Graphs of Logarithmic Functions (Lesson 3.5)
Unit 3 - Day 6
Sketch logarithmic functions using the key points (1,0) and (b,1)
Connect key features (domain, range, asymptotes, and end behavior) on the graphs of exponential and logarithmic functions
Describe transformations of an logarithmic function and graph using the key points (1, 0) and (b, 1
Quick Lesson Plan
This lesson introduces graphing logarithms, which are the inverses of exponential functions. In yesterday’s lesson, we formalized what a logarithm is and showed how to get it from an exponential function Students should work through Questions 1-5 in groups to explore graphs of logarithms. They start by exploring the graph of a log with base 2, where they’ll identity the domain, range, and see the vertical asymptote at x = 0.
In Question 4, we want them to see how the base of a log affects the steepness of the curve, just like with exponential functions, but does not change the x-intercept or vertical asymptote. They will then use their knowledge of transformations to identify the changes in a graph that has been transformed 3 units to the right.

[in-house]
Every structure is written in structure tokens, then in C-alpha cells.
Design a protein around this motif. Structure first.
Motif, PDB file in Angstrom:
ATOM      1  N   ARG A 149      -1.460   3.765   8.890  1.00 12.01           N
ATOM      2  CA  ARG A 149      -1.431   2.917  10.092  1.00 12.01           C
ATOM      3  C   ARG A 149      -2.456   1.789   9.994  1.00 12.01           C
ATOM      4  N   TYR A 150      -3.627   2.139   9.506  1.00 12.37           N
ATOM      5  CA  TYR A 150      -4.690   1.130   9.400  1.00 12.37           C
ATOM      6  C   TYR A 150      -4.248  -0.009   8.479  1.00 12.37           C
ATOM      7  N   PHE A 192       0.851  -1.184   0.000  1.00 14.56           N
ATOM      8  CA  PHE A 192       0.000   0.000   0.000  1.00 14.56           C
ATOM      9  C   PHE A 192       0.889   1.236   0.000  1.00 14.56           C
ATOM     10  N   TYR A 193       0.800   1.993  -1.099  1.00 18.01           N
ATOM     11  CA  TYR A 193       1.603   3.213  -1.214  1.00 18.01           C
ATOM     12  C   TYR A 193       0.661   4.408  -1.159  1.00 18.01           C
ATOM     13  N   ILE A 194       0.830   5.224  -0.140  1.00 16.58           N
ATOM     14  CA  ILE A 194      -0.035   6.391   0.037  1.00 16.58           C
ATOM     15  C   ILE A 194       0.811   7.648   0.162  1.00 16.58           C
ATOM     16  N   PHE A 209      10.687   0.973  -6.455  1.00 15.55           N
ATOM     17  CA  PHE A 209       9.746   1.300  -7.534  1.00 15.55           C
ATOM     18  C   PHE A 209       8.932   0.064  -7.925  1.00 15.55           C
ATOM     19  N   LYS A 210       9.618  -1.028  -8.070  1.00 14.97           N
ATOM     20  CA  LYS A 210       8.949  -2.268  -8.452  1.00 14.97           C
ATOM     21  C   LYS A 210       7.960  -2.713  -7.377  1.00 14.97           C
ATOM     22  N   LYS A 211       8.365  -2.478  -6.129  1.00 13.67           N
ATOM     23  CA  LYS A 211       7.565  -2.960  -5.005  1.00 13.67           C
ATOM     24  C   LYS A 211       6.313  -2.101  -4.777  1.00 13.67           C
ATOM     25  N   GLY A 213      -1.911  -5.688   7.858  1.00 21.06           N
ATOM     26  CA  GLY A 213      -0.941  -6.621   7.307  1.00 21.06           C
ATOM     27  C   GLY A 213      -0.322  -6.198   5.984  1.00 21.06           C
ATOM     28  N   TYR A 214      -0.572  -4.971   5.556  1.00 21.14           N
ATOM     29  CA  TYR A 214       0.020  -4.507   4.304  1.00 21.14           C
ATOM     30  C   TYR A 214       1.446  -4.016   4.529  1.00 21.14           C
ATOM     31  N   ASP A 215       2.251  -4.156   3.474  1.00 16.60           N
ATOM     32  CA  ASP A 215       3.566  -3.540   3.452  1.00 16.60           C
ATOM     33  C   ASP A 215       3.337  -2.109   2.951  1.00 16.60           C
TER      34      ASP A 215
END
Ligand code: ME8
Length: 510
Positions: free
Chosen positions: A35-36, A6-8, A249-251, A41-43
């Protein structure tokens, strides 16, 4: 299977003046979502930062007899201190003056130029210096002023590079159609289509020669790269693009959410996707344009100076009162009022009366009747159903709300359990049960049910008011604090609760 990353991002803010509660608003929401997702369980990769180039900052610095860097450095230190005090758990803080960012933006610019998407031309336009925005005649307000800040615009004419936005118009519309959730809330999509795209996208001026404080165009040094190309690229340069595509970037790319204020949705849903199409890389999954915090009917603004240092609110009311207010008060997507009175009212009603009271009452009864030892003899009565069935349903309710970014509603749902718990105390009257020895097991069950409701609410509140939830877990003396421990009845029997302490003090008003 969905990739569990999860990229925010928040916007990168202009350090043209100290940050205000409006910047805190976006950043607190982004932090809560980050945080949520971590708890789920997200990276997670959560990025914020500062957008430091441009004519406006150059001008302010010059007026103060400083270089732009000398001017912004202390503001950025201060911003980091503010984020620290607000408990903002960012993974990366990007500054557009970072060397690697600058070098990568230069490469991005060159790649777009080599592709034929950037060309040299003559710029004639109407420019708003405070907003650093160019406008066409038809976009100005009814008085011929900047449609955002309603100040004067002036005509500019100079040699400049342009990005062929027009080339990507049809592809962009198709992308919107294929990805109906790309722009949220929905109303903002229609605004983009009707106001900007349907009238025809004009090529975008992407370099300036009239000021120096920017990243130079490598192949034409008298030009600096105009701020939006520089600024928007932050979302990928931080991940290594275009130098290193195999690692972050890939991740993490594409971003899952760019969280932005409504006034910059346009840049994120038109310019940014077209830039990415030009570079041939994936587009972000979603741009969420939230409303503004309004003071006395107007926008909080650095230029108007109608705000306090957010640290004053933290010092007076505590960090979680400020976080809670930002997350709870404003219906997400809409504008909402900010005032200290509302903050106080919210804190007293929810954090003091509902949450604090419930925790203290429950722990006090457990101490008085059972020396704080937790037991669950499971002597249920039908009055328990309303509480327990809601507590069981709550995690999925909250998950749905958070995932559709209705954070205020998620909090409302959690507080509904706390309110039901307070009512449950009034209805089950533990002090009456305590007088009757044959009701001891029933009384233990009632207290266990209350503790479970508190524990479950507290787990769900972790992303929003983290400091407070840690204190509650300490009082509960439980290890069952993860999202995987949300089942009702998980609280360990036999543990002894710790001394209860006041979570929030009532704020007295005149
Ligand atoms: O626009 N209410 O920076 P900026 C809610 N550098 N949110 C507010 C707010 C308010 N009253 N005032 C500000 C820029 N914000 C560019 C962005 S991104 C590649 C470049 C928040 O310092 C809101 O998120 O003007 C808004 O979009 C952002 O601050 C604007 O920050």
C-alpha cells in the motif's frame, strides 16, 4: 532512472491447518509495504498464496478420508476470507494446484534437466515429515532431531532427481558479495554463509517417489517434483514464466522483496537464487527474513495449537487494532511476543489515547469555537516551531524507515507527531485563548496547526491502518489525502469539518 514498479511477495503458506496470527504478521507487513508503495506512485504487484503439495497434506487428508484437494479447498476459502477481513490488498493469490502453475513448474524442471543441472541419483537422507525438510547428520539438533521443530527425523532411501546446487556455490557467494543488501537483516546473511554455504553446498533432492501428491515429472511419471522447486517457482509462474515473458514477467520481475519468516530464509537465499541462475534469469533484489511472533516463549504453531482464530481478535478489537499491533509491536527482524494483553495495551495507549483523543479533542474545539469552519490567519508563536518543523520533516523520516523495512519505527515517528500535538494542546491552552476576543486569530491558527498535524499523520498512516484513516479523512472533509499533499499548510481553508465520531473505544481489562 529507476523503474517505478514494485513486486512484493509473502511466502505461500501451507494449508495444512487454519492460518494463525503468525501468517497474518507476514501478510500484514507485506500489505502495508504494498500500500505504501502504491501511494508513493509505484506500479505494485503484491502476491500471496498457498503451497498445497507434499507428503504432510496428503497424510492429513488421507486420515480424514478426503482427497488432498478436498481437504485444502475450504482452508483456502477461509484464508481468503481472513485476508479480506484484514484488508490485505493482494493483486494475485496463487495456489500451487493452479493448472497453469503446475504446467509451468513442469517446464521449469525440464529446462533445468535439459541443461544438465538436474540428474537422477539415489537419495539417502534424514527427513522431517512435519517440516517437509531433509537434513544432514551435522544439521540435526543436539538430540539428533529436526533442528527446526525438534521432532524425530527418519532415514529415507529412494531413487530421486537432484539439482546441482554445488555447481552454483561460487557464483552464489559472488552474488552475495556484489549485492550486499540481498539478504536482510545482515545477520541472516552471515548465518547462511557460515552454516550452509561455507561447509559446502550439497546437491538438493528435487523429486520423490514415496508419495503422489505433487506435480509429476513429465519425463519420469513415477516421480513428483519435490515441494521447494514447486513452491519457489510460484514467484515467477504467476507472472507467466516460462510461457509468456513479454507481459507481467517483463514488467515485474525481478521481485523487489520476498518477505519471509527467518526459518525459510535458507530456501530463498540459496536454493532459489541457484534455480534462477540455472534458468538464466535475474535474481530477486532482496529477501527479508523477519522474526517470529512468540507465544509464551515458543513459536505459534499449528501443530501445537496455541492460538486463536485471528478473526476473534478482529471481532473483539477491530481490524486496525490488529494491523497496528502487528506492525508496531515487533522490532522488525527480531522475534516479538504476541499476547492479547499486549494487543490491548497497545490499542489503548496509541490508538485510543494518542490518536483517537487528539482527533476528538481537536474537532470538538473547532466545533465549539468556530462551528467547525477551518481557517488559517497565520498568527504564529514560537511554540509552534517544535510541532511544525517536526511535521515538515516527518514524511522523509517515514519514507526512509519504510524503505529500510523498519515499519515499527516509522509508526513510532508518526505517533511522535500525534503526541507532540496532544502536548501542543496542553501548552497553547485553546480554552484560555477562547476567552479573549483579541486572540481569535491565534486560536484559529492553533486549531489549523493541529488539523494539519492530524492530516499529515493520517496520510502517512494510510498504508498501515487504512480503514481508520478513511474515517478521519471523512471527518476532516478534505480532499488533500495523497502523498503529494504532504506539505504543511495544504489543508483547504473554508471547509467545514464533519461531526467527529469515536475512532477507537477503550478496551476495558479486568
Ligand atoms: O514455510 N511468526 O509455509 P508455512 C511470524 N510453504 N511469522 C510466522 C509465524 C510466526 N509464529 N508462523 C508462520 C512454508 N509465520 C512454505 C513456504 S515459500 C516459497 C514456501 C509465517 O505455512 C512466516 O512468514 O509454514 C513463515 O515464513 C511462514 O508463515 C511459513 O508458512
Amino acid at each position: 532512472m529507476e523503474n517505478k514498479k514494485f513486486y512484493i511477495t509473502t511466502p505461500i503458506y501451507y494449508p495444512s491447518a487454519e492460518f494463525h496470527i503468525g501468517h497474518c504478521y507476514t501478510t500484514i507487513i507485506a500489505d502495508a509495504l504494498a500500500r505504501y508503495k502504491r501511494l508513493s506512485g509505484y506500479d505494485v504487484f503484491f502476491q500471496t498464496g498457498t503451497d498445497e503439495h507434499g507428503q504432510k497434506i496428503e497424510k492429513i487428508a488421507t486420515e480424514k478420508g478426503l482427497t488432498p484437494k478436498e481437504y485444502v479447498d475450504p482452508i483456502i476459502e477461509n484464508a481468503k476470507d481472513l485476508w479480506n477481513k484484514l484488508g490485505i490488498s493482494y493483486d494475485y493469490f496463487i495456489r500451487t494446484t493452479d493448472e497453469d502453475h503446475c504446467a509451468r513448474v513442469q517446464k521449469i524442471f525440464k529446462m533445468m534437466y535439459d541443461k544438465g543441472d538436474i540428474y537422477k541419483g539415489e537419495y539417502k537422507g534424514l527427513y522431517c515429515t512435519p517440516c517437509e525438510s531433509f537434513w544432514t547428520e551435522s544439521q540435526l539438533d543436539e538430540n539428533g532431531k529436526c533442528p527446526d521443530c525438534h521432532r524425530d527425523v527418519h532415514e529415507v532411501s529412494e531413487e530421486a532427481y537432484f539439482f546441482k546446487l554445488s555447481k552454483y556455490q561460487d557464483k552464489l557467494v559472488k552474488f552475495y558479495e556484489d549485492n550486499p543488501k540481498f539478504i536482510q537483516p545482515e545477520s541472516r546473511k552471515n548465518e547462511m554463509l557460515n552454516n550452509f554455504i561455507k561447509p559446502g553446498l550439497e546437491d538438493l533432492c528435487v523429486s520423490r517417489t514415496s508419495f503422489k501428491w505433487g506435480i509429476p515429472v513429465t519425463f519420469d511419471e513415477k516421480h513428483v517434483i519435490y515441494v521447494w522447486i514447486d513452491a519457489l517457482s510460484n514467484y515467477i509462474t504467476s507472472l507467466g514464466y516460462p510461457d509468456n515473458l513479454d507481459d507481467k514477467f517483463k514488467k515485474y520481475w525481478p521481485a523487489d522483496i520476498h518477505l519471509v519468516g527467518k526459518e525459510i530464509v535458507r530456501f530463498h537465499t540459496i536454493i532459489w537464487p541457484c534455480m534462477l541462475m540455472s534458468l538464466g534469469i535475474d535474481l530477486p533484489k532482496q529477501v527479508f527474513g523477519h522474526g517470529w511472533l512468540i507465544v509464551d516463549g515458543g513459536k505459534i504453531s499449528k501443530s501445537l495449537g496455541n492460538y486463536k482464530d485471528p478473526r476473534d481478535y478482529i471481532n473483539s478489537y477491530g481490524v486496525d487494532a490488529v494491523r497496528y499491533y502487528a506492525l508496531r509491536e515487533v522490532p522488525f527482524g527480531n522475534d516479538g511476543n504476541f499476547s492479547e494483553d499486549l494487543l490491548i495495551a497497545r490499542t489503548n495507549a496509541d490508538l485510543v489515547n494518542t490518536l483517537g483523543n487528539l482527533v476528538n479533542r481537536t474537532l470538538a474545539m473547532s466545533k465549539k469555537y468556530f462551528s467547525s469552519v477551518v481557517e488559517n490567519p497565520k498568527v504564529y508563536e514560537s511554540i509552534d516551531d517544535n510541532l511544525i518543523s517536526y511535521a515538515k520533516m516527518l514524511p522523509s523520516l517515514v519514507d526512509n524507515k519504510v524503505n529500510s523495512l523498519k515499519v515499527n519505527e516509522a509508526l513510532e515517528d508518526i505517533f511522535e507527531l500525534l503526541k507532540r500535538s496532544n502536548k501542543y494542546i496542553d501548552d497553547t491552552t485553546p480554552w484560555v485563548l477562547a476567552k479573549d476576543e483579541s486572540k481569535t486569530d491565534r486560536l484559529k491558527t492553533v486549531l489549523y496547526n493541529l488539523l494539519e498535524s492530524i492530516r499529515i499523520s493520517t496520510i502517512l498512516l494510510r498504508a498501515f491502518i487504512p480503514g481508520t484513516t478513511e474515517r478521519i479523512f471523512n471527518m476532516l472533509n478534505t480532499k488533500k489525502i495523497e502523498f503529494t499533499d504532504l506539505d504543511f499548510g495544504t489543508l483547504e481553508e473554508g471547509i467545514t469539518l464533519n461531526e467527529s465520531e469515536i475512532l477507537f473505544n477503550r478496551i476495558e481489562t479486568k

Remind the students of the connection between logarithms and exponential functions. In Question 4, emphasize that all logarithmic functions go through the point (1, 0) because the log(1) = 0 and through the “base point,” or (b, 1). They will see that transformations affect the x-intercept, asymptote, and domain, but not the range. In fact, no transformations will affect the range since it is always all real numbers.
Students will see a reflection across the y-axis in the Check Your Understanding that will affect the domain, but keep the vertical asymptote the same. Emphasize that you cannot evaluate the log or 0 or a negative number.